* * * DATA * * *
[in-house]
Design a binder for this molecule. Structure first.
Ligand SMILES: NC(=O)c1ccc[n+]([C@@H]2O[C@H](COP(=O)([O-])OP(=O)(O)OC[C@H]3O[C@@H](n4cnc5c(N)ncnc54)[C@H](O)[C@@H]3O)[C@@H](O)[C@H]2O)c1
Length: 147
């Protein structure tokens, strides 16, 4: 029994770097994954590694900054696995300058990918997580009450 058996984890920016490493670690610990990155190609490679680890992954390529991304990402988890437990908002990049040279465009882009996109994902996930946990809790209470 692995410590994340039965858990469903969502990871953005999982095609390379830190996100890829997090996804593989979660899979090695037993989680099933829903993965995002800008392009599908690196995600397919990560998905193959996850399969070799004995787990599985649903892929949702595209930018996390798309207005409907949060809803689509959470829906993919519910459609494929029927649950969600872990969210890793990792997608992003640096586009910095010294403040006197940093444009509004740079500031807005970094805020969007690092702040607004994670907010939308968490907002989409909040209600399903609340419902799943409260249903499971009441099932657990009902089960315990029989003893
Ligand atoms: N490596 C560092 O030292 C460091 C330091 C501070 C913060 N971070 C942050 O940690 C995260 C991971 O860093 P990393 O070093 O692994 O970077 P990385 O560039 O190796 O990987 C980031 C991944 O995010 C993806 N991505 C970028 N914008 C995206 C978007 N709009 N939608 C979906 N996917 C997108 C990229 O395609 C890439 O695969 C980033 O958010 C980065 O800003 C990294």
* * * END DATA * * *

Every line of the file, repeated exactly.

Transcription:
[in-house]
Design a binder for this molecule. Structure first.
Ligand SMILES: NC(=O)c1ccc[n+]([C@@H]2O[C@H](COP(=O)([O-])OP(=O)(O)OC[C@H]3O[C@@H](n4cnc5c(N)ncnc54)[C@H](O)[C@@H]3O)[C@@H](O)[C@H]2O)c1
Length: 147
């Protein structure tokens, strides 16, 4: 029994770097994954590694900054696995300058990918997580009450 058996984890920016490493670690610990990155190609490679680890992954390529991304990402988890437990908002990049040279465009882009996109994902996930946990809790209470 692995410590994340039965858990469903969502990871953005999982095609390379830190996100890829997090996804593989979660899979090695037993989680099933829903993965995002800008392009599908690196995600397919990560998905193959996850399969070799004995787990599985649903892929949702595209930018996390798309207005409907949060809803689509959470829906993919519910459609494929029927649950969600872990969210890793990792997608992003640096586009910095010294403040006197940093444009509004740079500031807005970094805020969007690092702040607004994670907010939308968490907002989409909040209600399903609340419902799943409260249903499971009441099932657990009902089960315990029989003893
Ligand atoms: N490596 C560092 O030292 C460091 C330091 C501070 C913060 N971070 C942050 O940690 C995260 C991971 O860093 P990393 O070093 O692994 O970077 P990385 O560039 O190796 O990987 C980031 C991944 O995010 C993806 N991505 C970028 N914008 C995206 C978007 N709009 N939608 C979906 N996917 C997108 C990229 O395609 C890439 O695969 C980033 O958010 C980065 O800003 C990294």